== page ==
This really is a post about the Scrubba Wash Bag. But first, let me tell you a quick* story about dirty clothes, travelling, and marital harmony.
(*actually, now that I’ve written it, it’s not that quick.)
So, I’m a real backpacker from way back. Real in the sense that when I travel for more than a few days, most of my clothes are dirty most of the time, and I hand wash what I desperately need (especially underwear, don’t stress, I am still hygienic, although there are definitely times when inside-out is the best you can do) and then just let the rest be as it is.
When we were in Iceland earlier this year, I must admit that I had failed to factor in washing machines when choosing our Airbnb accommodation. I also didn’t realise that Iceland is a country with very few laundromats (even the local media write about this laundry-less phenomenon). And I also hadn’t realised that my husband doesn’t believe a quick hand wash of clothing while you’re in the shower is sufficient, so while I was hand washing stuff for my son and I, my husband was accumulating a very large bag of dirty washing.
Finally in Reykjavik we figured we would find somewhere to wash. Google helped me find the Laundromat Cafe and one night while I stayed home with our (sleeping) son, my husband went off to get the laundry done. Only he came back rather quickly because he told me this was just a cafe, not a laundromat. I began to doubt my research abilities, googled further and eventually was able to tell him he had to go through the cafe, past the bar, down the steps and then there really would be a few washing machines there for him – which was true, when we all went back the next day. Dirty clothes problem finally solved.
All of this to say: when the makers of the Scrubba Wash Bag contacted me to do some work together, I was immediately thinking “this is the perfect compromise!” My husband could now consider the clothes properly washed, and we wouldn’t waste valuable travelling time in dodgy basements staring at washing machines.
My review of the Scrubba Wash Bag
I was also excited to hear from the Scrubba gang because I remembered seeing the product on the Australian version of Shark Tank (that show where entrepreneurs go to pitch their product or service to the “sharks” – potential investors – in the hope of getting some more funding for their business). (Secret weird thing about me – Shark Tank is one of my favourite shows.)
When I first saw it on TV, it sounded like a great idea. Then they sent me one, I tried it out, and I was convinced that it really was a great idea. In the meantime two of my Perth-based readers have told me they have their own already and love them dearly.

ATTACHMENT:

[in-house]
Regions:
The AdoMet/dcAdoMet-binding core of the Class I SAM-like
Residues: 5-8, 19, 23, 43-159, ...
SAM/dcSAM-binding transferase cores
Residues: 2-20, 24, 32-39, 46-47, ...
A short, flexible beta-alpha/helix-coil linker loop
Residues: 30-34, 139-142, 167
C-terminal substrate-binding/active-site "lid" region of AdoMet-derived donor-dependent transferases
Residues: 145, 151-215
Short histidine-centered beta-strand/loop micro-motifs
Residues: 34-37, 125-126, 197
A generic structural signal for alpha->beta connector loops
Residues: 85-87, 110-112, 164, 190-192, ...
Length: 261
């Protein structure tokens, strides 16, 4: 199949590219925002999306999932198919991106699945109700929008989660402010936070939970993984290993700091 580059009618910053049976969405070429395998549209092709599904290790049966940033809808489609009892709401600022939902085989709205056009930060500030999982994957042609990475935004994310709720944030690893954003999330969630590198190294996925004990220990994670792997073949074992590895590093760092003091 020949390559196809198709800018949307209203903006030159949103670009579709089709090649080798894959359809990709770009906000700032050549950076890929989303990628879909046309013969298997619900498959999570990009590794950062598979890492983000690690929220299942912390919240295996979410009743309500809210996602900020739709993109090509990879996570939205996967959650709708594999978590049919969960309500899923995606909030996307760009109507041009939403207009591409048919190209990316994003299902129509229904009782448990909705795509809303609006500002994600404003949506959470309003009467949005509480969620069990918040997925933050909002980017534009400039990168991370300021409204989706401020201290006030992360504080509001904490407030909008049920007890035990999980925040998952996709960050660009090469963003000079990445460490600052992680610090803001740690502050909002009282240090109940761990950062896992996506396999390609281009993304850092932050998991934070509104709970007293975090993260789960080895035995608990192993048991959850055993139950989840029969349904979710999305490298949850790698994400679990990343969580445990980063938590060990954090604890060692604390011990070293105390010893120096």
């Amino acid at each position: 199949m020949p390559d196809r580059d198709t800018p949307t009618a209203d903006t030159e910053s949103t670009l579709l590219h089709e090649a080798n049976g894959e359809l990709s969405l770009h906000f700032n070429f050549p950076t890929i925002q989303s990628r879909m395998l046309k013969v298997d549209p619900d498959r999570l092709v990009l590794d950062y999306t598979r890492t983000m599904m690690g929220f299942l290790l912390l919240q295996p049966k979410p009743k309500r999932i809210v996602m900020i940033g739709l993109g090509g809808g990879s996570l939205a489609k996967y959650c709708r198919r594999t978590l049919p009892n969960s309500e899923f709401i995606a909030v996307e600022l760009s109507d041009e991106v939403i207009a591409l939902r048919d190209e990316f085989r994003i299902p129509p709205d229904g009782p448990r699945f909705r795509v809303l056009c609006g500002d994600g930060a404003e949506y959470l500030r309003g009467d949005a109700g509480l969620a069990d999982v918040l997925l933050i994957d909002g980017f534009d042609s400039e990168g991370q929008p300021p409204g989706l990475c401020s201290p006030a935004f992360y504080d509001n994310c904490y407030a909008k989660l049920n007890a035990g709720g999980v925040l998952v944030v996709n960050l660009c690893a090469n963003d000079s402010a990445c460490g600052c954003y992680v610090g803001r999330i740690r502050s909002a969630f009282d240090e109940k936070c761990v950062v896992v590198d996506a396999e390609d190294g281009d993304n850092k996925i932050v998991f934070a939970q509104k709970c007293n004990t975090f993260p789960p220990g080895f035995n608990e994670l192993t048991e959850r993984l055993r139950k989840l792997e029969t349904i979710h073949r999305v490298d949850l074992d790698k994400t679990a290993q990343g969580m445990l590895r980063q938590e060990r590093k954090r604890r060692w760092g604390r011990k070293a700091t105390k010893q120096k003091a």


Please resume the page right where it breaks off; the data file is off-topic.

So, basically, the Scrubba Wash Bag is a very light, portable bag that has special nodules on the inside – like an old-fashioned washboard from my grandparents’ era – and a non-slip surface on the outside, so you put your clothes, water and soap inside, rub it all around a bit and voila, your clothes are clean.
We were sent the wash and dry kit which comes all in that little black bag my son is holding above, and includes all the stuff you can see in the picture below – the white bits are inflatable coat hangers, which I think is particularly genius. I also got a big hit of sentimentality seeing that clever washing line, because one of my best friends gave me a similar one about fifteen years ago when I first left Australia and I got so much use out of it, but I don’t know where it ended up! The travel towel in blue is to help you half dry the clothes which is all too smart.
To use the Scrubba, basically you throw your dirty clothes in the green bag, add water (there are marks on the bag to show you how much you need, depending on how much you’re washing), add some kind of soap (I usually just use shower gel when I’m travelling rather than taking extra washing powder), then fold down the top of the bag and clip the black clips together. Next step is to push out as much air as you can through the valve (I was a bit lazy here, as you’ll see in the little video below, but it still worked fine), and then do your scrubbing. The non-slip bit on one side of the green bag means it stays where it should and the little nodules inside the bag help give everything a really good agitation so you get lots of soap through everything and I have to say, even my son’s dirty shorts came out really perfect after only a minute or so of scrubbing. (I think they recommend 30 seconds to 3 minutes, depending on the dirt factor!)
To sum up: this is going on every future trip of mine without question!
Would you like a Scrubba Wash and Dry Kit too?
GIVEAWAY IS NOW CLOSED!
Here’s the bonus good news. The very cool Scrubba people have given me two more Scrubba Wash and Dry Kits to give away to my readers.
To win, you need to be a newsletter subscriber* and you need to leave a comment below telling me about a travel experience you’ve had which ended with the dirtiest clothes! Entries close at midnight on 18th December 2015 and winners will be emailed** and announced on Facebook. My favourite dirty travel experiences win – good luck!
*If you’re not sure if you’re a newsletter subscriber or not, just subscribe using the form below and if you’re already on the list, it won’t put you on twice.
**Make sure you leave your email address in the Email field when you write your comment. It doesn’t get published, only I can see it.